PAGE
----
Do vaccinated travellers transiting from Germany through France still have to quarantine in UK?

Do vaccinated travellers transiting from Germany through France still have to quarantine in UK?
Drivers on the Autobahn in Germany. Photo: picture alliance/dpa | Marijan Murat
From August 2nd, fully vaccinated people will be able to travel to the UK from a European country without having to quarantine, but this does not apply to France. So what about people who just travel through France en route to the UK?

The British government announced on Wednesday that vaccinated travellers from countries in Europe to the UK can skip the mandatory 10-day quarantine when arriving in the UK, but separate rules will still apply for France.

The British government made it clear it still requires fully vaccinated travellers from France – whether they are UK residents returning from a holiday or people vaccinated in France  – to undergo 10 days of quarantine after arrival.

READ ALSO: What are the new rules for travel between Germany and the UK?

But what about fully vaccinated travellers from Italy, Spain or Germany for example who are just driving through France to get to the UK?

Well it appears that they will still be required to quarantine on arrival in England – even if they are just driving through France with no overnight stay. 

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On July 16th, after announcing that was France was in-effect ranked as “amber plus”compared to the rest of Europe which was still amber, the UK issued the following guidance:

“Anyone who has been in France in the last 10 days will need to quarantine on arrival to England in their own accommodation and will need a day 2 and day 8 test, regardless of their vaccination status. This includes any fully vaccinated individual who transits through France from either a green or another amber country to reach England.”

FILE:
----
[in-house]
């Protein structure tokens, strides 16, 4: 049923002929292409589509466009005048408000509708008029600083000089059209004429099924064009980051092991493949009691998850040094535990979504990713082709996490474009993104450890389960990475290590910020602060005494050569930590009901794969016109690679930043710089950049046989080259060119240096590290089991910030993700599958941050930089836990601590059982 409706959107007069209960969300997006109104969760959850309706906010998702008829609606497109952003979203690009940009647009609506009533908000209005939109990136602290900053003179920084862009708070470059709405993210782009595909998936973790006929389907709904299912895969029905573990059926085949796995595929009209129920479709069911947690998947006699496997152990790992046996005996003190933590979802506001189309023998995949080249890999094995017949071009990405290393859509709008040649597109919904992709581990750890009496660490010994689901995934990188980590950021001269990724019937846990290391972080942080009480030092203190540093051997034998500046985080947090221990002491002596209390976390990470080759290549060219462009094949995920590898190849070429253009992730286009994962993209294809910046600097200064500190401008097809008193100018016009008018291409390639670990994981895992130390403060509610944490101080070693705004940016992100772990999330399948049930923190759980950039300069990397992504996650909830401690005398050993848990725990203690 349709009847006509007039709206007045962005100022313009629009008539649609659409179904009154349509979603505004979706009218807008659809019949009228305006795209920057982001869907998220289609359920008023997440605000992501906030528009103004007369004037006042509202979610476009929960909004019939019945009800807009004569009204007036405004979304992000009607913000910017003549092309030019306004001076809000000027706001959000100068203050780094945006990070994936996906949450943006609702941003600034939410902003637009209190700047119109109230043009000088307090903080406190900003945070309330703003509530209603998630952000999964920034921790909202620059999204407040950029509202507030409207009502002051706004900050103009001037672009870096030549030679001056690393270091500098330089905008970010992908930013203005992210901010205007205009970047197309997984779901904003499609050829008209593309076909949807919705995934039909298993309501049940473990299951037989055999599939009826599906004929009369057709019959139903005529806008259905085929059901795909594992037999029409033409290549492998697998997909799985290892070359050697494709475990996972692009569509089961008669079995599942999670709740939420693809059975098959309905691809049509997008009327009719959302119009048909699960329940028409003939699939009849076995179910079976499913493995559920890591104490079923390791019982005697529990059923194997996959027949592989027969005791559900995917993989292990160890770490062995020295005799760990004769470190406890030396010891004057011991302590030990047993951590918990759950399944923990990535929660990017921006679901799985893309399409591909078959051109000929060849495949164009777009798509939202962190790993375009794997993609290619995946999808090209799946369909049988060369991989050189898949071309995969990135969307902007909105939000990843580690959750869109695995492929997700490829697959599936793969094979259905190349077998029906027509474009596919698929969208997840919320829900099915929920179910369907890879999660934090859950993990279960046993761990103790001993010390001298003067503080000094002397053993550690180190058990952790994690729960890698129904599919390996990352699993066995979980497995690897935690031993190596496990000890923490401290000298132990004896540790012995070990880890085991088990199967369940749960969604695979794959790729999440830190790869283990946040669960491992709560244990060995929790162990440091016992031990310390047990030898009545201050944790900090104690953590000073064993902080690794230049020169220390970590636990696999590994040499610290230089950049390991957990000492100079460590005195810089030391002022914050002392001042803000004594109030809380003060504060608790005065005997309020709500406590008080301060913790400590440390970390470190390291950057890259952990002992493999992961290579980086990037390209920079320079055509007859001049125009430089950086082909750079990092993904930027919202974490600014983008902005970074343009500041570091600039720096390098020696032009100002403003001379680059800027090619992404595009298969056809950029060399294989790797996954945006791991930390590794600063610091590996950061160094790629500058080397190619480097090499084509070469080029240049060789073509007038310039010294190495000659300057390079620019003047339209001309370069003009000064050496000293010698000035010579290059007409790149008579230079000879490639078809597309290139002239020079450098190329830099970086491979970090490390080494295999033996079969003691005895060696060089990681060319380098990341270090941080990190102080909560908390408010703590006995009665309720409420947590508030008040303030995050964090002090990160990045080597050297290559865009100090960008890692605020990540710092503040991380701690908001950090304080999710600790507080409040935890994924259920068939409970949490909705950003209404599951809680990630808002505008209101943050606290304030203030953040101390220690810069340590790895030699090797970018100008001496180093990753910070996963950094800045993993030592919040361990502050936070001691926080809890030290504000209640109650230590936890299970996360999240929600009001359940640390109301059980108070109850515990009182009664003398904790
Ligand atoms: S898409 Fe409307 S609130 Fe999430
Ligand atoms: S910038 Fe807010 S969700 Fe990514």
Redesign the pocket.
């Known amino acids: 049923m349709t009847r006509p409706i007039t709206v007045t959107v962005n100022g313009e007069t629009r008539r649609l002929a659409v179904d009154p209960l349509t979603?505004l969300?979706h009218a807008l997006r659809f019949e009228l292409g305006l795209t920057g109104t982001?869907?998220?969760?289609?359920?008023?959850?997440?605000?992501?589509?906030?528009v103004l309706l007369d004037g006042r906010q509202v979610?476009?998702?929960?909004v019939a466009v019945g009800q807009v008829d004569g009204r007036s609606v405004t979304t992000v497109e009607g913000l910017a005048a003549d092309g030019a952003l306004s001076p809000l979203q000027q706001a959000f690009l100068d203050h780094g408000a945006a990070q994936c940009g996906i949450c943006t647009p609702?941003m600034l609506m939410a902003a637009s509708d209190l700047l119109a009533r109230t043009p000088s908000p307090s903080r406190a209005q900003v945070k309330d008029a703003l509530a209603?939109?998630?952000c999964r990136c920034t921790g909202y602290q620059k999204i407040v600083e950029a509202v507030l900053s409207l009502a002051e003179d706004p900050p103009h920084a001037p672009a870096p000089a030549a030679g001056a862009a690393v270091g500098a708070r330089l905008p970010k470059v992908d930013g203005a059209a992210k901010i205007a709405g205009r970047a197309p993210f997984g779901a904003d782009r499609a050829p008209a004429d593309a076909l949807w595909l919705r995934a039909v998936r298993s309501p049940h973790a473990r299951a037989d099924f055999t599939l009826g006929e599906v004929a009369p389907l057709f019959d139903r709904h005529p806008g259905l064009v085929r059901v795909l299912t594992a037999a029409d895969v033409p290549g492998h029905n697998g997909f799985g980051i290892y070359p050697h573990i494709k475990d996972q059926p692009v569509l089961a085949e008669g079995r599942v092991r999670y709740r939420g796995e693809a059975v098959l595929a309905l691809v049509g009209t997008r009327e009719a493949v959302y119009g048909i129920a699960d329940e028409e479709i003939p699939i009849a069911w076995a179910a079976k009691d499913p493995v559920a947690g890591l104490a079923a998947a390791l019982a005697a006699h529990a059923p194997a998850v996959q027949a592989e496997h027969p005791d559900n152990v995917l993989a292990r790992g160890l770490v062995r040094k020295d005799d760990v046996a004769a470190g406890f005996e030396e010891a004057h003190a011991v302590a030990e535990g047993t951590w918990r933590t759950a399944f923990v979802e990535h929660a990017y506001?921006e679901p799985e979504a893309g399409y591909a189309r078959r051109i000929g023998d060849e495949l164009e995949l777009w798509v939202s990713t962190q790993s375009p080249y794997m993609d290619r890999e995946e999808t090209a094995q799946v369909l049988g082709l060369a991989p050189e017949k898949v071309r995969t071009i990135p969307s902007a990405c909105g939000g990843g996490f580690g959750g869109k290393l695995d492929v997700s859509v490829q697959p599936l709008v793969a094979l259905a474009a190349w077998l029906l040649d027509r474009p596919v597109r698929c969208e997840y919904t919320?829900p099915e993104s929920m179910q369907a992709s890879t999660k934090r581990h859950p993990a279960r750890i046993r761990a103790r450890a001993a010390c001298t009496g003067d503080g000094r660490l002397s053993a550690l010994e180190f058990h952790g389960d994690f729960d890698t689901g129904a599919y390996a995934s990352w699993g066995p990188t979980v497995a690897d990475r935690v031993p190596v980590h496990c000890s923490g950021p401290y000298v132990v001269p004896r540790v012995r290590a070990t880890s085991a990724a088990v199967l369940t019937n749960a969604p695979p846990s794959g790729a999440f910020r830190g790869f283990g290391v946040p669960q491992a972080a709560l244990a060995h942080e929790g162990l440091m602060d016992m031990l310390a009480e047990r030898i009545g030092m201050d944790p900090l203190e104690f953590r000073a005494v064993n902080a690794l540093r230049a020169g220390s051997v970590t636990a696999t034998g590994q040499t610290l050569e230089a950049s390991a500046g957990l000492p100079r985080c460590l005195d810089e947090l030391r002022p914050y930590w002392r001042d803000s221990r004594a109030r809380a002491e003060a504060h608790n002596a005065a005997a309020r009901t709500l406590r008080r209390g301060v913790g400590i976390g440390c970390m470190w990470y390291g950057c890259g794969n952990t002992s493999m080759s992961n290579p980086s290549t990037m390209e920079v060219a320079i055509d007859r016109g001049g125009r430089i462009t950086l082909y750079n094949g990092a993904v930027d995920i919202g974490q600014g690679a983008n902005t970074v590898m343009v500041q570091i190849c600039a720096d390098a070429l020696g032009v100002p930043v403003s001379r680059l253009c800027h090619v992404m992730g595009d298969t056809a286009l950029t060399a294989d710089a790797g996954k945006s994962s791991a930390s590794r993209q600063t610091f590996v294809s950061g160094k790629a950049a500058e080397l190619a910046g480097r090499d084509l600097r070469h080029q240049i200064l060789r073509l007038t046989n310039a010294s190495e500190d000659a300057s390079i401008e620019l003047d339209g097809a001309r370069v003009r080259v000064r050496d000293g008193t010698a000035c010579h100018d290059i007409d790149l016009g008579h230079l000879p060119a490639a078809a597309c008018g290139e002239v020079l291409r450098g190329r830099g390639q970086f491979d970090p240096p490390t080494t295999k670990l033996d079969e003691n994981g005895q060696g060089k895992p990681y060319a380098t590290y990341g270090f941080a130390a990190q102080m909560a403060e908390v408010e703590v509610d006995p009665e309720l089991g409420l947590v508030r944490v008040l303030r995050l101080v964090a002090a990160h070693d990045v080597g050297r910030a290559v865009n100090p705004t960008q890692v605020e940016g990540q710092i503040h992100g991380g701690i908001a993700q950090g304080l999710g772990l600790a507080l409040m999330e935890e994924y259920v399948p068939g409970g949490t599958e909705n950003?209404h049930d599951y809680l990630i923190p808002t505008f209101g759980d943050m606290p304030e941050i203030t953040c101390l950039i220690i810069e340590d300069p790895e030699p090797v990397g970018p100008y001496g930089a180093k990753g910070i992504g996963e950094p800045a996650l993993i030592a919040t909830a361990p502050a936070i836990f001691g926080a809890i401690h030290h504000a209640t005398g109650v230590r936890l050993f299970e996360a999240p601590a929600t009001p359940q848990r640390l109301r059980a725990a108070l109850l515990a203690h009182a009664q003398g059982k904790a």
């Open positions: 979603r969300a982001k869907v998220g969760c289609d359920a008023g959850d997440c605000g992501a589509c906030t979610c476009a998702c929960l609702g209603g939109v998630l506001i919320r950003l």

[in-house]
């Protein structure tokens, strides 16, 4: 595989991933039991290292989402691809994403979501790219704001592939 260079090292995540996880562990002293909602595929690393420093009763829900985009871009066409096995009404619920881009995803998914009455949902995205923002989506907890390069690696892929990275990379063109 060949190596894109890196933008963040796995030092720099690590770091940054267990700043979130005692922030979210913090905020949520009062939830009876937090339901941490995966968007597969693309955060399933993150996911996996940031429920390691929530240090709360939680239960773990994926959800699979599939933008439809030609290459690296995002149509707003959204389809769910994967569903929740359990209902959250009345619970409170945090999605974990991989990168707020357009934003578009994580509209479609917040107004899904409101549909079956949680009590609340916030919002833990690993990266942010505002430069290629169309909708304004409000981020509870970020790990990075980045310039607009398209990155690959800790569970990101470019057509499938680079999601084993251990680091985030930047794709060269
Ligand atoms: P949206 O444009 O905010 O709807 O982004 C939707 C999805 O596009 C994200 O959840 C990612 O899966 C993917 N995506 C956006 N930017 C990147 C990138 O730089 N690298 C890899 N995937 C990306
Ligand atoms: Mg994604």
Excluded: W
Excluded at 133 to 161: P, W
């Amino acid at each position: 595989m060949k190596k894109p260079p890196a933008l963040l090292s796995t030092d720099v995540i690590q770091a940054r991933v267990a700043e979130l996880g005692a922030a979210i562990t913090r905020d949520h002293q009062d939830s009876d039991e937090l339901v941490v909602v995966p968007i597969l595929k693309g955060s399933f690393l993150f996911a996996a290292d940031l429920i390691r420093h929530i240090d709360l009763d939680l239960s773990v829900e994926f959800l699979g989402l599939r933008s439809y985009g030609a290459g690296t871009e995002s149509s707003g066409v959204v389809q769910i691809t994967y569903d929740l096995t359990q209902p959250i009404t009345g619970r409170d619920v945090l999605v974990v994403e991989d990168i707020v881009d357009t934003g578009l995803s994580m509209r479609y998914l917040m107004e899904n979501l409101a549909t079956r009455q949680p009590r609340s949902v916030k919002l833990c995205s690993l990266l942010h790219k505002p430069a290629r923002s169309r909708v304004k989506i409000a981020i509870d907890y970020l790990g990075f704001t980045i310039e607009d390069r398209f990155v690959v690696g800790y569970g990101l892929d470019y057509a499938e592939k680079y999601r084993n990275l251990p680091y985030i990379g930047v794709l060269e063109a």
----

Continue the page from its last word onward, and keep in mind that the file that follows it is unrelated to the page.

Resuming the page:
However, existing exemptions for key workers including truck drivers remain in place.

READ ALSO ‘Absurd, discriminatory’: Anger in France over UK’s decision to maintain quarantine

The government added: “Some operators may make specific arrangements compliant with the public health regulations that allow for transit without quarantine, for example those travelling by train from Belgium, so travellers should check with their operator.”

“Ministers indicated that Eurostar passengers on services travelling through France would not need to quarantine if their train did not stop in the country,” the BBC reported at the time.

However, it is unclear whether any exemption would extend to passengers from Belgium or the Netherlands who travel to England on a Eurostar train which stops in Lille. Passengers are advised to check with Eurostar.

It also wasn’t clear whether there were exceptions for those air passengers travelling to the UK via a French airport.

The government is yet to release detailed guidance concerning travelling through France following the latest announcement. The current guidelines simply state: “If you’ve been in France in the 10 days before you arrive in England, you must quarantine for 10 days after you arrive and take a COVID-19 test on or before day 2 and on or after day 8, even if you are fully vaccinated.”

There is confusion among travellers in Germany – some of whom have already had to change travel plans. 

So it would seem that fully vaccinated travellers heading to the UK from a European country would be best off not going via France if possible. 

READ ALSO: ‘Troublesome but possible’: How Brits in Germany feel about going home after quarantine rules eased


Member comments

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  1. The Government have changed the rules from last year when I drove back from Germany through Belgium and France to the UK via Eurotunnel. Then Germany was in a lower risk category than France, but as long as we did not get out the car or interact with others in France, the UK Government treated us as not having visited France.

    I wonder if this has something to do with the new Health minister Javid not being clued up. Apparently there was minimal consultation. Johnson has a track record of not appointing the sharpest tools in the box, Frost, Patel, Truss. Or indeed Dominic Raab, the Foreign Secretary who didn’t realise the significance of the Dover-Calais trade route.

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